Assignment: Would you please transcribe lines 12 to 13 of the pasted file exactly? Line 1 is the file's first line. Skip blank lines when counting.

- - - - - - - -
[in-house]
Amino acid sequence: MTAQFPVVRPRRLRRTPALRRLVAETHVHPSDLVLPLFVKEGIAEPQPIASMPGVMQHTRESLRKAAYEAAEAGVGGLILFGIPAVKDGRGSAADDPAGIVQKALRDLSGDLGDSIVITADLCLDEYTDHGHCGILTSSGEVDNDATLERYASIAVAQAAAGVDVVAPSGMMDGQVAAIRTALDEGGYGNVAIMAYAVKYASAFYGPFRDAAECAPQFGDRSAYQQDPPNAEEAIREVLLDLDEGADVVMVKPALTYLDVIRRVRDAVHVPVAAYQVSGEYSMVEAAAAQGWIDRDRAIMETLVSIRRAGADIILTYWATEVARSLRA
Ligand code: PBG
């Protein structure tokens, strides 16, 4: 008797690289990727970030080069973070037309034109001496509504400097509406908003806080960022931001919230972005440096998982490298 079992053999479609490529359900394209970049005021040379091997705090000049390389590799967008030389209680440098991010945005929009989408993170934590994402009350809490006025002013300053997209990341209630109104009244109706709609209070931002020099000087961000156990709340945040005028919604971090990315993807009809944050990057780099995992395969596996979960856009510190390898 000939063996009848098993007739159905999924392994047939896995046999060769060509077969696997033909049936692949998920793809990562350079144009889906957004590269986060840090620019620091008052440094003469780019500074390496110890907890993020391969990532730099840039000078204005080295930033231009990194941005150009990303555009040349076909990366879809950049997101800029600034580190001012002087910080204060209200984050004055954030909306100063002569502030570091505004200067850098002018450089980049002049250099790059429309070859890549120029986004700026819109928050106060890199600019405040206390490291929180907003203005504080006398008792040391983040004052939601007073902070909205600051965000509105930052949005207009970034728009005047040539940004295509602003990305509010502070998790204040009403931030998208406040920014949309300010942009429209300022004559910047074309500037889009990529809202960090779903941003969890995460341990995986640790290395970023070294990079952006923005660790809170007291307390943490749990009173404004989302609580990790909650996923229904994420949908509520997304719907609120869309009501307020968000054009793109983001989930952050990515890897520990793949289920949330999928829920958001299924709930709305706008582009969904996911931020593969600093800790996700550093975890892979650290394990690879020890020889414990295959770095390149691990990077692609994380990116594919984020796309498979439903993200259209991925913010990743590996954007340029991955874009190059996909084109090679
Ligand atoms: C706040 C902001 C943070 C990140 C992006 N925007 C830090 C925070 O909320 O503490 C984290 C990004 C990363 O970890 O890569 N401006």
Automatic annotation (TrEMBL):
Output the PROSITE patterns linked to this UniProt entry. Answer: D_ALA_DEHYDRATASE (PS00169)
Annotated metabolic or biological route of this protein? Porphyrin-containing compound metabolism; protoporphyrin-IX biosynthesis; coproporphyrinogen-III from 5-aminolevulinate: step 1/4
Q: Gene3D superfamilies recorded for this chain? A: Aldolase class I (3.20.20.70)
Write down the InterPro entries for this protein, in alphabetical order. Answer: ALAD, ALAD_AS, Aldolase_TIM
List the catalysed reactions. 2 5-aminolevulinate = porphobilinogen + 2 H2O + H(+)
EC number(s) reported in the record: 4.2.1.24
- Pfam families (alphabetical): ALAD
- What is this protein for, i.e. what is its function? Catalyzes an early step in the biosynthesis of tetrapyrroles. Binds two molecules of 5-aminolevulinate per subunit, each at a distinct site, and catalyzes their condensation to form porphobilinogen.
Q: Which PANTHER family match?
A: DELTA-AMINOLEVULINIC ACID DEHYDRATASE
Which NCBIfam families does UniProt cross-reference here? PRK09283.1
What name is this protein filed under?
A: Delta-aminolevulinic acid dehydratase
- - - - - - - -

EC number(s) reported in the record: 4.2.1.24
- Pfam families (alphabetical): ALAD